Lige Curry (r)

Bennie Cowan- Parliament Funkadelic concert - Byron Bay Bluesfest 2015

Bennie Cowan

 

 

Parliament Funkadelic concert - Byron Bay Bluesfest 2015

Greg Thomas

Ricky Rouse- Parliament Funkadelic concert - Byron Bay Bluesfest 2015

Ricky Rouse

George Clinton & Parliament Funkadelic Made Me Do It

The priceless value of George Clinton & co.’s music in my life and to the world of music generally, was more than enough inspiration to make me do things I’ve never done before to take full advantage of the Parliament Funkadelic blessing before me at Bluesfest.

The first was lining up for a George Clinton signing before the show – not to get his name on anything – but simply for the chance to thank him for the profound musical gifts he’s given.

George Clinton at Byron Bay Bluesfest 2015 - Australia

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The next out-of-character mission was maneuvering my way to the Parliament Funkadelic frontline (in dangerous sound-quality territory) long before their set so I could witness the brilliant chops of each and every one of those artists up close.

Parliament Funkadelic live concert - Byron Bay Bluesfest 2015 - Australia

Ricky Rouse and Blackbyrd McKnight

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Bluesfest During The Funk

It was there on the Mojo stage frontline at 8.30 pm that all the funk stars aligned and I found myself directly in front of the mothership collective, surrounded by a posse of multi-generational, devoted Funkateer strangers-became-funk-bonded-friends. For the next 3 euphoric hours we watched and listened in awe, danced, and screamed in appreciation whenever asked, for the super-tight live funk delivered by George Clinton and Parliament Funkadelic.

On a different day or place I know that live P-Funk explosion could have been even bigger than it was at Bluesfest.

George Clinton & Parliament Funkadelic concert - Byron Bay Bluesfest 2015

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Long-time musical heroes were joined on stage by a new generation of P-Funk stars who have their own independent music projects going on: Danny Bedrosian – Thurteen – (Garry Starchild Shider’s son) Garrett Shider and George Clinton’s grandkids Tracey “Tra’zae” Lewis-Clinton, Patavian Lewis and Tonysha Nelson

Their presence gives me hope that the funk really can survive long into the future “like it always has” – thanks muchly to George Clinton and so many other artists in the P-Funk family passed and living.

Tra' Zae - Parliament Funkadelic concert - Byron Bay Bluesfest 2015

Tra’zae Clinton

Tonysha Nelson - Parliament Funkadelic concert - Byron Bay Bluesfest 2015

Tonysha Nelson (c) + Danny Bedrosian + Garrett Shider

 

 

 

 

 

George Clinton & Parliament Funkadelic concert - Byron Bay Bluesfest 2015

Thurteen (l)

Kandy Apple Redd - George Clinton & Parliament Funkadelic concert - Byron Bay Bluesfest 2015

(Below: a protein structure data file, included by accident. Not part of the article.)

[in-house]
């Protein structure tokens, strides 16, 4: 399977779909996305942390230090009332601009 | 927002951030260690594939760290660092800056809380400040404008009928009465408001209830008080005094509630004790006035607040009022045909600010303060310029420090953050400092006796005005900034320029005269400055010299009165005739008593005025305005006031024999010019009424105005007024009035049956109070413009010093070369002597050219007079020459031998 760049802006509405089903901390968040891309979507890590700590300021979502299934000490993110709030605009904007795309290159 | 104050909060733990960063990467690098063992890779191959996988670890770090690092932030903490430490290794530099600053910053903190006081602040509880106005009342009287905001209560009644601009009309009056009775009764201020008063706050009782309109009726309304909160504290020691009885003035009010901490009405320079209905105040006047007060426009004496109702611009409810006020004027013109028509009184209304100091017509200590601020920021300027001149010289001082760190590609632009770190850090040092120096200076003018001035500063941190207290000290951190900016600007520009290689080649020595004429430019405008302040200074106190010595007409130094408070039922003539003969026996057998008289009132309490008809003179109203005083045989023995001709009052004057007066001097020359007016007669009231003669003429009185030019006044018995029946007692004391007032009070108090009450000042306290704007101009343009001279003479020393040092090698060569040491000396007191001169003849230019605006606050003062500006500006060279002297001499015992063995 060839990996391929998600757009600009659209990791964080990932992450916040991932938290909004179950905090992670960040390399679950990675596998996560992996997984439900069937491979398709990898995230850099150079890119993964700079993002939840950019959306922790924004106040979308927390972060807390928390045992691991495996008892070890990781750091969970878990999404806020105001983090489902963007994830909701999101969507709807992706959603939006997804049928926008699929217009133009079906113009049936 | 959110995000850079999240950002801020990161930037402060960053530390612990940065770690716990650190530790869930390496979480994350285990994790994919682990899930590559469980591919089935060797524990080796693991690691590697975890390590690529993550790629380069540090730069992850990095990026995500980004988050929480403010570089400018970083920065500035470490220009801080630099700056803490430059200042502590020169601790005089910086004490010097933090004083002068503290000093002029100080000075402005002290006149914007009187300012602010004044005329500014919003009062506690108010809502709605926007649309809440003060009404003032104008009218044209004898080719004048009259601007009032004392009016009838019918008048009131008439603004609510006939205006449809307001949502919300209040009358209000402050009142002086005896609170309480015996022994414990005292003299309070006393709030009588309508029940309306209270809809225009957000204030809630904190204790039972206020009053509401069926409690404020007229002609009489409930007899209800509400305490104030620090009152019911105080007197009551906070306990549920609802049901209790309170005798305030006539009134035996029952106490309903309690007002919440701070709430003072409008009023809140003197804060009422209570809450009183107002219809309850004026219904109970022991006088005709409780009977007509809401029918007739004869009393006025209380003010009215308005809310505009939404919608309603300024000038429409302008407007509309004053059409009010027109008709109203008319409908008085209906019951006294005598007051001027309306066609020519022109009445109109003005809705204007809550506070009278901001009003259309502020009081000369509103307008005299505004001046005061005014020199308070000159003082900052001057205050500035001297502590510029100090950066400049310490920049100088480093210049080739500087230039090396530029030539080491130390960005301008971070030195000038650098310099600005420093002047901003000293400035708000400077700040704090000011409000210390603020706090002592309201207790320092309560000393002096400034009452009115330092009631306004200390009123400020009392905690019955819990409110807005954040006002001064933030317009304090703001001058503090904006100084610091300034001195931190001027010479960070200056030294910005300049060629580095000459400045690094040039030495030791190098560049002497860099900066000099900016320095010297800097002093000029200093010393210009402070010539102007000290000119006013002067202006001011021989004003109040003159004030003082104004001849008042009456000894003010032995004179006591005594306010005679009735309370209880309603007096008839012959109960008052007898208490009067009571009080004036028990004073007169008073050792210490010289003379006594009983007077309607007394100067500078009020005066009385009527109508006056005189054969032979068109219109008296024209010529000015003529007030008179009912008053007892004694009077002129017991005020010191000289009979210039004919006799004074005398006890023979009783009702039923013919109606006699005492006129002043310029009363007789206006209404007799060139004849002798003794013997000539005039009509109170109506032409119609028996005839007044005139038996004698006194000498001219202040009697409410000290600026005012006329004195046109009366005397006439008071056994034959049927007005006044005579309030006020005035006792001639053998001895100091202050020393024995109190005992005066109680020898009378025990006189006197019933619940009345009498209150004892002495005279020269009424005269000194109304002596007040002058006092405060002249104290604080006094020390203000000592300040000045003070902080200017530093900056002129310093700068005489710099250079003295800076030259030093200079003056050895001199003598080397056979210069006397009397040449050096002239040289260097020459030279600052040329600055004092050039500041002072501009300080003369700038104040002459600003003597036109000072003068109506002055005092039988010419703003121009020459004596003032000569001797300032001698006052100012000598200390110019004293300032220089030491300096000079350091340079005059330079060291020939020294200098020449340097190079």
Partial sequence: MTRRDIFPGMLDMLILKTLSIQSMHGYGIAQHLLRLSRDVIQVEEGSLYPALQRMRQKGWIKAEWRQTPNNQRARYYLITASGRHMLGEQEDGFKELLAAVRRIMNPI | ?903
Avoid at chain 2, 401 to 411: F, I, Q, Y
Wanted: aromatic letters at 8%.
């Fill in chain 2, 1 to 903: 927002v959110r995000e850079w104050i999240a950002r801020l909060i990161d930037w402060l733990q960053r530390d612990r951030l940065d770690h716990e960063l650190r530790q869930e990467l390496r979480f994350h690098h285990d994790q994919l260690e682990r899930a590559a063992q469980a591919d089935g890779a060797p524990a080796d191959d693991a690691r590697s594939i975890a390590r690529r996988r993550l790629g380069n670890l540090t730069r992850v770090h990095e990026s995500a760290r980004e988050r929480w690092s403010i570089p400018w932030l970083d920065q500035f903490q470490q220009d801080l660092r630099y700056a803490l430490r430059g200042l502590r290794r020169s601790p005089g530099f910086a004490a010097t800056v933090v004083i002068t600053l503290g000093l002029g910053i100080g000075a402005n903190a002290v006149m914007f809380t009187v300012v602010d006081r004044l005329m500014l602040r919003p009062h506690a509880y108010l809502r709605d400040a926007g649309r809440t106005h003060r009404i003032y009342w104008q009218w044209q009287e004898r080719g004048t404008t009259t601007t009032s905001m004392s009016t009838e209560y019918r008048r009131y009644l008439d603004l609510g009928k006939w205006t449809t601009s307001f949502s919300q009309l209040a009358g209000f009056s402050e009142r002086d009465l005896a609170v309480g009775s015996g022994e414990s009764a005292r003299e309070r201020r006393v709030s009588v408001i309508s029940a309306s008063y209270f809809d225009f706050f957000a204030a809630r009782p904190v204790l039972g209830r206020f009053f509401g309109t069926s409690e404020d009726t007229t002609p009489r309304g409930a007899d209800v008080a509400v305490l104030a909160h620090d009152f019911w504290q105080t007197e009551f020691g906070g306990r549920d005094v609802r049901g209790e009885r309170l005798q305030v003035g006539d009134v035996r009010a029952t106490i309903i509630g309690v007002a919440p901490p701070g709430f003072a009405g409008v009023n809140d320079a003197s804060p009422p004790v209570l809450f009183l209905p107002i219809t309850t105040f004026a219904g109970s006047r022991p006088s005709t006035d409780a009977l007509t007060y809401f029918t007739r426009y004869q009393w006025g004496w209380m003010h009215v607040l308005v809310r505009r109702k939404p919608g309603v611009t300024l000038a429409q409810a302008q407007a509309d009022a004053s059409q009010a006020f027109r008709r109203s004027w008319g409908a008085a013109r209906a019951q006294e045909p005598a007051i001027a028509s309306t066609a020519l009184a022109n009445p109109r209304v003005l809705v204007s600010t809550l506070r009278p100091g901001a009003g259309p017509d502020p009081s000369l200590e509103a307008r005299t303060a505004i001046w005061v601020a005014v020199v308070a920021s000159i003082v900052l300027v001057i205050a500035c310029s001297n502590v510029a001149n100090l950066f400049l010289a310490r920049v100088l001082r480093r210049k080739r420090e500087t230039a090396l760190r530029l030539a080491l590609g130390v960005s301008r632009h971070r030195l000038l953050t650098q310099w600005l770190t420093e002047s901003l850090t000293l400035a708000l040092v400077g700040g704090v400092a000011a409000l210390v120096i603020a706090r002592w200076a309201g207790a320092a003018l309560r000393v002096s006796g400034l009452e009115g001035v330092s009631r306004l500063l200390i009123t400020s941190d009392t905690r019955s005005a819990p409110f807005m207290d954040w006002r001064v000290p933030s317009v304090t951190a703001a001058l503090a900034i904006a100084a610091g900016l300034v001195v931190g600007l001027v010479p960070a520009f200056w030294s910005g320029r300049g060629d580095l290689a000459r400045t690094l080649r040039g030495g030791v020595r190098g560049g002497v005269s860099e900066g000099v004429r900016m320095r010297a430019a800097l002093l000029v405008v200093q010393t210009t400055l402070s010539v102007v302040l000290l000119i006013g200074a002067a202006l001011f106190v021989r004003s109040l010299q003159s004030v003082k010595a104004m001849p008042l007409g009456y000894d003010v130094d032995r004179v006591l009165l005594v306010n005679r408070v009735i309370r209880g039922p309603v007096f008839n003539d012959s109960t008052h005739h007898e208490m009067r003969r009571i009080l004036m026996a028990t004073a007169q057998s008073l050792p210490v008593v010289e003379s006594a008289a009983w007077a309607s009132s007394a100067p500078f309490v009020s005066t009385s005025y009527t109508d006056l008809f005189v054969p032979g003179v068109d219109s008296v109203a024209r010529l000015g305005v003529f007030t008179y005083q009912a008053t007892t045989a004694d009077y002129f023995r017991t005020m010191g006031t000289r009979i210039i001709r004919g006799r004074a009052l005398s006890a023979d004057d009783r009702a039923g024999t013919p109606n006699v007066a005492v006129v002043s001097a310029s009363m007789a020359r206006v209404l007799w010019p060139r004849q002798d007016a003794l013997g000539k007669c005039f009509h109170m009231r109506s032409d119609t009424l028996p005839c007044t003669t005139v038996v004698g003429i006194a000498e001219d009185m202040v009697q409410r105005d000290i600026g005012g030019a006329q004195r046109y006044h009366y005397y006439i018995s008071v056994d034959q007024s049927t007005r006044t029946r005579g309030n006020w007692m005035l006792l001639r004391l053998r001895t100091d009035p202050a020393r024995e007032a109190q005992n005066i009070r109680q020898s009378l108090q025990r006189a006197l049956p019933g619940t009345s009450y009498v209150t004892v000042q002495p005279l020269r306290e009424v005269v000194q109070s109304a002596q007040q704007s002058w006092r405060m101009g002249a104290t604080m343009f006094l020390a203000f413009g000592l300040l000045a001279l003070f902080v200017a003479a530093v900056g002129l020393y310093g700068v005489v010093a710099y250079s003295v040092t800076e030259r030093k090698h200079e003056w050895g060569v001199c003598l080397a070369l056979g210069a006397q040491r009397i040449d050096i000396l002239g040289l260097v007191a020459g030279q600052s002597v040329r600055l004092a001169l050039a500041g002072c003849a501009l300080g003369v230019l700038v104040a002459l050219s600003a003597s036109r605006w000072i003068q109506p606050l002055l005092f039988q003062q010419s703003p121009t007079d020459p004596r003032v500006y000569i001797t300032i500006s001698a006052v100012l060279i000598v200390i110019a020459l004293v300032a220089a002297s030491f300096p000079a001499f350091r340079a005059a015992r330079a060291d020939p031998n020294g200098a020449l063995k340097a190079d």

Tonysha Nelson + Patavian Lewis

Garrett Shider- Parliament Funkadelic concert - Byron Bay Bluesfest 2015

Garrett Shider

Those on stage with George Clinton took their turns to shine – so often at the behest or encouragement of Dr Funkenstein – and unfailingly with his support and appreciation.

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Most P-Funk stars were on stage shining consistently for the whole epic set – including the superb drumming delivered by human funk machine Benzel Baltimore Cowan.

Benzel Baltimore - Parliament Funkadelic concert - Byron Bay Bluesfest 2015

Benzel Baltimore Cowan

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We got tasty funkin’ jams and solos, beloved songs of all ages from the vast Parliament/Funkadelic/P Funk discography. as well as new ones showcasing music of the younger P-Funk members like female duo Kandy Apple Redd.

Patavian Lewis - Parliament Funkadelic concert - Byron Bay Bluesfest 2015

Patavian Lewis

Tonysha Nelson - Parliament Funkadelic concert - Byron Bay Bluesfest 2015

Tonysha Nelson

Carlos McMurray was amongst those youngsters on board the mothership, bringing to life the irreverent but beloved P-Funk character Sir Nose D’Voidoffunk.

Carlos McMurray- Parliament Funkadelic concert - Byron Bay Bluesfest 2015

George Clinton & Parliament Funkadelic concert - Byron Bay Bluesfest 2015

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At the end of those three euphoric hours, the final uncharacteristic thing George Clinton & Parliament Funkadelic made me do when I realised the experience was really, truly over and the mothership crew had flown away (maybe never to return) – was to shed a tear.  Dramatic yes? But a true story of the profound goodness of funk music in this life!

Then I moved on to simply be grateful for my music blessing, and relish in the buzz I felt in every cell of my body for as many days as it lasted.

For its shockingly-bad sound quality, I’m loathe to include this video footage from my guardian angel/bodyguard friend behind me at the show protecting my P-Funk dance space, but, dedicated Funkateers might find some goodness in the imagery at least…

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“The Mothership Will Fly Just Like It Always Does”